2. No right to deletion from a doctor search and assessment portal - Case no. D123.527/0004-DSB/2018
In its decision of 15 January 2019 othe Austrian data protection authority had to decide whether the respondent, who operates a doctor search and evaluation portal, had a right to refuse to comply with the request for deletion made by a doctor who requested the complete deletion of all his data, including evaluations and experience reports, from this portal.
The data protection authority initially stated that the linking of data pursuant to § 27 para 1 no 1 to 17 ÄrzteG 1998 (Austrian Act on the Medical Professions of 1998) with the possibility of submitting an assessment as well as a report on the experiences of a (new) processing activity that requires a permitted fact. In this regard, the respondent relied on legitimate interests pursuant to Art. 6 para 1 lit f GDPR, which is why a balancing of interests had to be carried out. In this balancing of interests, it was first necessary to take into account that the respondent had implemented appropriate protective measures so that objectively unjustified comments were reported and multiple evaluations - as far as technically possible - were prevented. The complainant is therefore not exposed to the evaluations without protection, which is why no pillory effect is recognizable.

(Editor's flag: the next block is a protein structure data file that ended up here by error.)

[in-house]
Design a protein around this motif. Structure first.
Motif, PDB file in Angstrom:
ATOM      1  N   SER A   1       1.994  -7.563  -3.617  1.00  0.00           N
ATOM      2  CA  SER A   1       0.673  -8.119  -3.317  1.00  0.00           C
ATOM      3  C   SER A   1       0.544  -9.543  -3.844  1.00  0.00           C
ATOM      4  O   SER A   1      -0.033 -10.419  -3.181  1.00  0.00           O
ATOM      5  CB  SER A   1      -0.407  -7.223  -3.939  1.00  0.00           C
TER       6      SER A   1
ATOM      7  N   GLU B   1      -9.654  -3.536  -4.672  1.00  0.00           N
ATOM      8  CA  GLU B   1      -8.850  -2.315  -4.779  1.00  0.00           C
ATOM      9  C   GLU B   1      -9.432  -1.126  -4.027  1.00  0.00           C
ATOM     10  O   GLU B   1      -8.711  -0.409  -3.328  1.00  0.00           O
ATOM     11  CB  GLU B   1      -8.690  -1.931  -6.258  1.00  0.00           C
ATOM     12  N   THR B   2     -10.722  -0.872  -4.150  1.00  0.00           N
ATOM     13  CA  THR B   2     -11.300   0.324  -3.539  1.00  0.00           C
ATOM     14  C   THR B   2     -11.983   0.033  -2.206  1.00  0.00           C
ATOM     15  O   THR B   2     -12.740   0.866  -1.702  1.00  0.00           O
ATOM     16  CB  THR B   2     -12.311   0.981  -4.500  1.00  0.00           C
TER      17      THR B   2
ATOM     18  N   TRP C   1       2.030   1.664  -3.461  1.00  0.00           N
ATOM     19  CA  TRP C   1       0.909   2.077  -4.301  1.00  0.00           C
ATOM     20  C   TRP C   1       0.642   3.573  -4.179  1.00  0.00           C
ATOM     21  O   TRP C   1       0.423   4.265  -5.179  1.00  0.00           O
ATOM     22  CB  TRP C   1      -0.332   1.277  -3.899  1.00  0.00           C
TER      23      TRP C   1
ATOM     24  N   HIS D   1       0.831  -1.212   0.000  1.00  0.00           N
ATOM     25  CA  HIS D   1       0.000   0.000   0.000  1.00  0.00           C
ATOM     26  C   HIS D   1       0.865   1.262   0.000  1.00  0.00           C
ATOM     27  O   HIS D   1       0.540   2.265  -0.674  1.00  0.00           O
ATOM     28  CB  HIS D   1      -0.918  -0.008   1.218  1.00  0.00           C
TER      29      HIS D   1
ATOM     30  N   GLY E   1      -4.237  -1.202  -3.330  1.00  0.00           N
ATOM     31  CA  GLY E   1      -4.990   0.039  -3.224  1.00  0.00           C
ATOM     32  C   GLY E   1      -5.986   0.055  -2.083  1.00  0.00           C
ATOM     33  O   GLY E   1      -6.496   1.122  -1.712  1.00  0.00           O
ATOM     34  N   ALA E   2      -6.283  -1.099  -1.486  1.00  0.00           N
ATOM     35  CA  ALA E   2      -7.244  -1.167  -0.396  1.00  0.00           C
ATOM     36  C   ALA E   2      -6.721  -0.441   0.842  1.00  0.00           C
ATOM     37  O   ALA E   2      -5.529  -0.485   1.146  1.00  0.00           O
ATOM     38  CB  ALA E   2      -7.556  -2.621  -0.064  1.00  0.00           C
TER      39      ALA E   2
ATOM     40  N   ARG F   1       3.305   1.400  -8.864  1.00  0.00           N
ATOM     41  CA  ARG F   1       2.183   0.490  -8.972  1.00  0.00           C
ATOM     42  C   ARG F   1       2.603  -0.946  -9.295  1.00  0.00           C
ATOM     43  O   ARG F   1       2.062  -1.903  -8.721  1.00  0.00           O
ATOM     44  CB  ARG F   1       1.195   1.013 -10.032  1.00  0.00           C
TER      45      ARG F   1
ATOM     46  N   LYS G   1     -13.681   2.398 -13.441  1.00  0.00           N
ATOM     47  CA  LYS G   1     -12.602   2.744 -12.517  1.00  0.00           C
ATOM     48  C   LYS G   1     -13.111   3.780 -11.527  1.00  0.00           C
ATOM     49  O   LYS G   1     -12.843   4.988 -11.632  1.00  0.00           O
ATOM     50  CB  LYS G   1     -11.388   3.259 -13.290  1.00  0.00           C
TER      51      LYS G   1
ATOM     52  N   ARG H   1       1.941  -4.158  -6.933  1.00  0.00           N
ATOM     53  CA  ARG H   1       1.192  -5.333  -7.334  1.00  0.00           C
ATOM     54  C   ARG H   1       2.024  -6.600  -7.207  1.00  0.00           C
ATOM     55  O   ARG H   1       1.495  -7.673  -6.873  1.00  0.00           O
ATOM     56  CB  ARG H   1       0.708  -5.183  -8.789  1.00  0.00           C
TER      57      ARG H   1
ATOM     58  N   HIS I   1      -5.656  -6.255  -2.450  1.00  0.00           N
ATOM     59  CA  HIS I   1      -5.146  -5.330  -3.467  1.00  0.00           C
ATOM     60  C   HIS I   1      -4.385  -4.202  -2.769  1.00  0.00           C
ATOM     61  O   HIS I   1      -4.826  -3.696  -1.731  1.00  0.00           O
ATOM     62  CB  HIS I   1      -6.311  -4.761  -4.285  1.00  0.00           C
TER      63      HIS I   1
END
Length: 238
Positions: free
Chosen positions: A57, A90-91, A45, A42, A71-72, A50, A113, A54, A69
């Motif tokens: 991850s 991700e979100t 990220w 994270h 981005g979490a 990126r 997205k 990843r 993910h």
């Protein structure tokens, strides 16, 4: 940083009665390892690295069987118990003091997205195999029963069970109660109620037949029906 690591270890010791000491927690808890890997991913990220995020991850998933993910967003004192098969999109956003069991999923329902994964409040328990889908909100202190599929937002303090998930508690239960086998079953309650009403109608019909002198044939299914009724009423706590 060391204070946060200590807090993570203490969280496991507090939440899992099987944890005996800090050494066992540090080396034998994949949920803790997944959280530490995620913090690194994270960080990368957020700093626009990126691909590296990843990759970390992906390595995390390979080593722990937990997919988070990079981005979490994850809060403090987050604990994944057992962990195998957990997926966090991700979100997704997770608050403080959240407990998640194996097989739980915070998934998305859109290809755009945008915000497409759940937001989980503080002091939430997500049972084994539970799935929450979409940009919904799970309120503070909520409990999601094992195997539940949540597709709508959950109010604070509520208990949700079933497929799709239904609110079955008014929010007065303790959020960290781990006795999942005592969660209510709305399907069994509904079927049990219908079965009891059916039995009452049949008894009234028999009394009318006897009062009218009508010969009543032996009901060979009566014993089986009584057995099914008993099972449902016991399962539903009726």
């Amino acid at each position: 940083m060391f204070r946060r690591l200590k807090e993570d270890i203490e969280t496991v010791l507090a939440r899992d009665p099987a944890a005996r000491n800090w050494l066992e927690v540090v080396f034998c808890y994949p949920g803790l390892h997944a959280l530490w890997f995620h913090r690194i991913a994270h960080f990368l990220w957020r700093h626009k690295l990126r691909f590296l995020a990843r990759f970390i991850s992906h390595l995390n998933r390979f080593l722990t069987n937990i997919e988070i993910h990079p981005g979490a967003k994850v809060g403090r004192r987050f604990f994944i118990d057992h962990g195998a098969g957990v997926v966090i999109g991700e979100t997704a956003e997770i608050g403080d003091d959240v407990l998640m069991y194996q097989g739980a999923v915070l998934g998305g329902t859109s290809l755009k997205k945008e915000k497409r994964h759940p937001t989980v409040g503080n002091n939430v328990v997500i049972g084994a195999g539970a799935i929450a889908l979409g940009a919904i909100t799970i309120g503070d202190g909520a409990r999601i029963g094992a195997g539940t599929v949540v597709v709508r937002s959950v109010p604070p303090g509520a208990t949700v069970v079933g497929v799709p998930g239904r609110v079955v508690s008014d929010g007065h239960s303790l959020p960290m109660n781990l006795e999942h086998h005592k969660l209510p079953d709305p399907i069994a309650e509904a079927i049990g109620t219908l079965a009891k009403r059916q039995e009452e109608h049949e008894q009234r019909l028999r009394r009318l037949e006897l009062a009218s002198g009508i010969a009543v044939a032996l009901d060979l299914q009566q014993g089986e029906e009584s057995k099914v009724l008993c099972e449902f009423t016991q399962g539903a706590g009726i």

In addition, the professional activity is to be classified as belonging to the social sphere, which is why it can be assumed that it is less worthy of protection than if data were to be classified as belonging to the "intimate or confidential sphere". On the other hand, patients had a legitimate interest in obtaining information on medical services, especially as there is a free choice of doctors in Austria. A search and evaluation portal, such as the one operated by the respondent, enables people who occasionally do not know each other to exchange information simply and efficiently on a specific topic and enables people to use such a portal as an additional search and information source for medical care and health services. In this context, the data protection authority came to the conclusion that the legitimate interests of the portal users (the patients) predominate over the stated impairments of the legitimate interests of the complainant, which is why the respondent rightly did not comply with the request for deletion and the complaint was therefore rejected. This decision is legally binding.
Article provided by: Hon.-Prof. Dr. Clemens Thiele, LL.M. (EUROLAWYER, Austria)